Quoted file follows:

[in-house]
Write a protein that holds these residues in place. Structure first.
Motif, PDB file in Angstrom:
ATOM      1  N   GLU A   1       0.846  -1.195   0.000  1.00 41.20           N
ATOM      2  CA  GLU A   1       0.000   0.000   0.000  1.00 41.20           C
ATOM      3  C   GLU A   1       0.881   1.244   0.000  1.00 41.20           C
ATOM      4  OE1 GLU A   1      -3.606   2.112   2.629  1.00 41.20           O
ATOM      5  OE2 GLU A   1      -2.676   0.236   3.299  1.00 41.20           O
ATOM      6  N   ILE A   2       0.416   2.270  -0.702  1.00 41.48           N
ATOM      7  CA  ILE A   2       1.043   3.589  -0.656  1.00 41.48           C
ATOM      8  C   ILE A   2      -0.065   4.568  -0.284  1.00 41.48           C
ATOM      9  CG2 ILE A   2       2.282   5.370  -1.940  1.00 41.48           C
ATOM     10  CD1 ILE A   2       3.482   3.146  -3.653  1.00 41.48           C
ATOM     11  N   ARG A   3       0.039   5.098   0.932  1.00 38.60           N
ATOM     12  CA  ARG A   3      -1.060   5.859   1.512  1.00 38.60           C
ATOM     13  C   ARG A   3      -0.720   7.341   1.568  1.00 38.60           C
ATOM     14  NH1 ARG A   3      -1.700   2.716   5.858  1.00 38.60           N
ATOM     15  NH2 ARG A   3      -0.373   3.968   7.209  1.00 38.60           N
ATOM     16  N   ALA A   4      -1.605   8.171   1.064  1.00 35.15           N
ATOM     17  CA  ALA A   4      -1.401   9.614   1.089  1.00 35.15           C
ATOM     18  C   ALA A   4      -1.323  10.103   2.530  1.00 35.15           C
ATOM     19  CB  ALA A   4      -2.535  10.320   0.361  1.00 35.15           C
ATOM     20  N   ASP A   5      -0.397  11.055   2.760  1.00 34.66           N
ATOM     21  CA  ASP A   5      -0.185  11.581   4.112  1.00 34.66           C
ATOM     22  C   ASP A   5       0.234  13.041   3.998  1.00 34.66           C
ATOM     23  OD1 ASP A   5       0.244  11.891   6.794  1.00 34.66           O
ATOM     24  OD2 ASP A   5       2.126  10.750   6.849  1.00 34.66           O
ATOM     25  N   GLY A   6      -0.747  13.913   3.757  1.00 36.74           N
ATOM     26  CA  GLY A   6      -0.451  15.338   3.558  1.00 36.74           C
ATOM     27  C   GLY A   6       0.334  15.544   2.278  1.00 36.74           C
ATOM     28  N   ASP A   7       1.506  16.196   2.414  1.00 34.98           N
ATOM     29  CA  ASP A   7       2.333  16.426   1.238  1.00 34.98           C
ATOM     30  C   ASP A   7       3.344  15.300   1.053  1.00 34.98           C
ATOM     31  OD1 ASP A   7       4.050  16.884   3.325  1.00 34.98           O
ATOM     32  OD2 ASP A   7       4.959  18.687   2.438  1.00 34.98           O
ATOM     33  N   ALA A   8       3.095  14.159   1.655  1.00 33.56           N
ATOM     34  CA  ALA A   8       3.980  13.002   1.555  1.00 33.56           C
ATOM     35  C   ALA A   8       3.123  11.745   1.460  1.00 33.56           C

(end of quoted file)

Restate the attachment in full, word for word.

[in-house]
Write a protein that holds these residues in place. Structure first.
Motif, PDB file in Angstrom:
ATOM      1  N   GLU A   1       0.846  -1.195   0.000  1.00 41.20           N
ATOM      2  CA  GLU A   1       0.000   0.000   0.000  1.00 41.20           C
ATOM      3  C   GLU A   1       0.881   1.244   0.000  1.00 41.20           C
ATOM      4  OE1 GLU A   1      -3.606   2.112   2.629  1.00 41.20           O
ATOM      5  OE2 GLU A   1      -2.676   0.236   3.299  1.00 41.20           O
ATOM      6  N   ILE A   2       0.416   2.270  -0.702  1.00 41.48           N
ATOM      7  CA  ILE A   2       1.043   3.589  -0.656  1.00 41.48           C
ATOM      8  C   ILE A   2      -0.065   4.568  -0.284  1.00 41.48           C
ATOM      9  CG2 ILE A   2       2.282   5.370  -1.940  1.00 41.48           C
ATOM     10  CD1 ILE A   2       3.482   3.146  -3.653  1.00 41.48           C
ATOM     11  N   ARG A   3       0.039   5.098   0.932  1.00 38.60           N
ATOM     12  CA  ARG A   3      -1.060   5.859   1.512  1.00 38.60           C
ATOM     13  C   ARG A   3      -0.720   7.341   1.568  1.00 38.60           C
ATOM     14  NH1 ARG A   3      -1.700   2.716   5.858  1.00 38.60           N
ATOM     15  NH2 ARG A   3      -0.373   3.968   7.209  1.00 38.60           N
ATOM     16  N   ALA A   4      -1.605   8.171   1.064  1.00 35.15           N
ATOM     17  CA  ALA A   4      -1.401   9.614   1.089  1.00 35.15           C
ATOM     18  C   ALA A   4      -1.323  10.103   2.530  1.00 35.15           C
ATOM     19  CB  ALA A   4      -2.535  10.320   0.361  1.00 35.15           C
ATOM     20  N   ASP A   5      -0.397  11.055   2.760  1.00 34.66           N
ATOM     21  CA  ASP A   5      -0.185  11.581   4.112  1.00 34.66           C
ATOM     22  C   ASP A   5       0.234  13.041   3.998  1.00 34.66           C
ATOM     23  OD1 ASP A   5       0.244  11.891   6.794  1.00 34.66           O
ATOM     24  OD2 ASP A   5       2.126  10.750   6.849  1.00 34.66           O
ATOM     25  N   GLY A   6      -0.747  13.913   3.757  1.00 36.74           N
ATOM     26  CA  GLY A   6      -0.451  15.338   3.558  1.00 36.74           C
ATOM     27  C   GLY A   6       0.334  15.544   2.278  1.00 36.74           C
ATOM     28  N   ASP A   7       1.506  16.196   2.414  1.00 34.98           N
ATOM     29  CA  ASP A   7       2.333  16.426   1.238  1.00 34.98           C
ATOM     30  C   ASP A   7       3.344  15.300   1.053  1.00 34.98           C
ATOM     31  OD1 ASP A   7       4.050  16.884   3.325  1.00 34.98           O
ATOM     32  OD2 ASP A   7       4.959  18.687   2.438  1.00 34.98           O
ATOM     33  N   ALA A   8       3.095  14.159   1.655  1.00 33.56           N
ATOM     34  CA  ALA A   8       3.980  13.002   1.555  1.00 33.56           C
ATOM     35  C   ALA A   8       3.123  11.745   1.460  1.00 33.56           C